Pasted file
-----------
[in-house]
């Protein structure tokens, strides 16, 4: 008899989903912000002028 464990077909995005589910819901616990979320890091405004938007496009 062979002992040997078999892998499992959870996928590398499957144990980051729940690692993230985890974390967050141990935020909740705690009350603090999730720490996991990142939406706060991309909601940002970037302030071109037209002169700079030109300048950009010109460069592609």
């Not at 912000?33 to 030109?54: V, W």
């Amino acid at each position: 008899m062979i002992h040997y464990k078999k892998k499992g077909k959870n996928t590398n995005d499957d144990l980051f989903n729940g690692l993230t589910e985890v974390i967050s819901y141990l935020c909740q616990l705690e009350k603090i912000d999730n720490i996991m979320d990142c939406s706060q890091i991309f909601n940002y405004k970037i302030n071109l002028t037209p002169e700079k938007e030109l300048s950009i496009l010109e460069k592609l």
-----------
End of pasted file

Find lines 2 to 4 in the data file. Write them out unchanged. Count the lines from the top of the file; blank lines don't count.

């Protein structure tokens, strides 16, 4: 008899989903912000002028 464990077909995005589910819901616990979320890091405004938007496009 062979002992040997078999892998499992959870996928590398499957144990980051729940690692993230985890974390967050141990935020909740705690009350603090999730720490996991990142939406706060991309909601940002970037302030071109037209002169700079030109300048950009010109460069592609």
């Not at 912000?33 to 030109?54: V, W």
């Amino acid at each position: 008899m062979i002992h040997y464990k078999k892998k499992g077909k959870n996928t590398n995005d499957d144990l980051f989903n729940g690692l993230t589910e985890v974390i967050s819901y141990l935020c909740q616990l705690e009350k603090i912000d999730n720490i996991m979320d990142c939406s706060q890091i991309f909601n940002y405004k970037i302030n071109l002028t037209p002169e700079k938007e030109l300048s950009i496009l010109e460069k592609l």